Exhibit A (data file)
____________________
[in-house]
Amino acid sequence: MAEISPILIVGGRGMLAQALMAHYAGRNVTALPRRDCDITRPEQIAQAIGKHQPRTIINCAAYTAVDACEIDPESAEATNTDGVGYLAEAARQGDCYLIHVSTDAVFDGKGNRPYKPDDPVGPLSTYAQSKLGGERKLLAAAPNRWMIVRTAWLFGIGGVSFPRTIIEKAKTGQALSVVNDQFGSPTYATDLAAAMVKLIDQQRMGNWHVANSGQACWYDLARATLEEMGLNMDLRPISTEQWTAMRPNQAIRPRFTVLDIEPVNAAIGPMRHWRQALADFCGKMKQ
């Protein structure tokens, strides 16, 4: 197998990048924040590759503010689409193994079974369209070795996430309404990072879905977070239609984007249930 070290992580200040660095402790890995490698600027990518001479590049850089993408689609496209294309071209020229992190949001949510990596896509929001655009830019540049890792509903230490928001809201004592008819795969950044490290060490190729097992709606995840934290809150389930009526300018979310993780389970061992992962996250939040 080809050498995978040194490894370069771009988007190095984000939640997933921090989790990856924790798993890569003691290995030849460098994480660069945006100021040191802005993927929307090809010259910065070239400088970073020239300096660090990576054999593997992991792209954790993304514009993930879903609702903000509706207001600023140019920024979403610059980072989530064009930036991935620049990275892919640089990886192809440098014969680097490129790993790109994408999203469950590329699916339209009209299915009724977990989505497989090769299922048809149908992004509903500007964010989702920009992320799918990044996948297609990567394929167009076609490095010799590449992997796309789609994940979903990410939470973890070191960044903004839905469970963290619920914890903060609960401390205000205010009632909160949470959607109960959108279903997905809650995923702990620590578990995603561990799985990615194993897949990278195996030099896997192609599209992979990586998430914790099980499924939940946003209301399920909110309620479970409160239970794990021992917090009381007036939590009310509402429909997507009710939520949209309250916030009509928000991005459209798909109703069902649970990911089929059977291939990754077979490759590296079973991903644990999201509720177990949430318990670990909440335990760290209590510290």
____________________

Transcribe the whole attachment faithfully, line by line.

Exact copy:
[in-house]
Amino acid sequence: MAEISPILIVGGRGMLAQALMAHYAGRNVTALPRRDCDITRPEQIAQAIGKHQPRTIINCAAYTAVDACEIDPESAEATNTDGVGYLAEAARQGDCYLIHVSTDAVFDGKGNRPYKPDDPVGPLSTYAQSKLGGERKLLAAAPNRWMIVRTAWLFGIGGVSFPRTIIEKAKTGQALSVVNDQFGSPTYATDLAAAMVKLIDQQRMGNWHVANSGQACWYDLARATLEEMGLNMDLRPISTEQWTAMRPNQAIRPRFTVLDIEPVNAAIGPMRHWRQALADFCGKMKQ
């Protein structure tokens, strides 16, 4: 197998990048924040590759503010689409193994079974369209070795996430309404990072879905977070239609984007249930 070290992580200040660095402790890995490698600027990518001479590049850089993408689609496209294309071209020229992190949001949510990596896509929001655009830019540049890792509903230490928001809201004592008819795969950044490290060490190729097992709606995840934290809150389930009526300018979310993780389970061992992962996250939040 080809050498995978040194490894370069771009988007190095984000939640997933921090989790990856924790798993890569003691290995030849460098994480660069945006100021040191802005993927929307090809010259910065070239400088970073020239300096660090990576054999593997992991792209954790993304514009993930879903609702903000509706207001600023140019920024979403610059980072989530064009930036991935620049990275892919640089990886192809440098014969680097490129790993790109994408999203469950590329699916339209009209299915009724977990989505497989090769299922048809149908992004509903500007964010989702920009992320799918990044996948297609990567394929167009076609490095010799590449992997796309789609994940979903990410939470973890070191960044903004839905469970963290619920914890903060609960401390205000205010009632909160949470959607109960959108279903997905809650995923702990620590578990995603561990799985990615194993897949990278195996030099896997192609599209992979990586998430914790099980499924939940946003209301399920909110309620479970409160239970794990021992917090009381007036939590009310509402429909997507009710939520949209309250916030009509928000991005459209798909109703069902649970990911089929059977291939990754077979490759590296079973991903644990999201509720177990949430318990670990909440335990760290209590510290």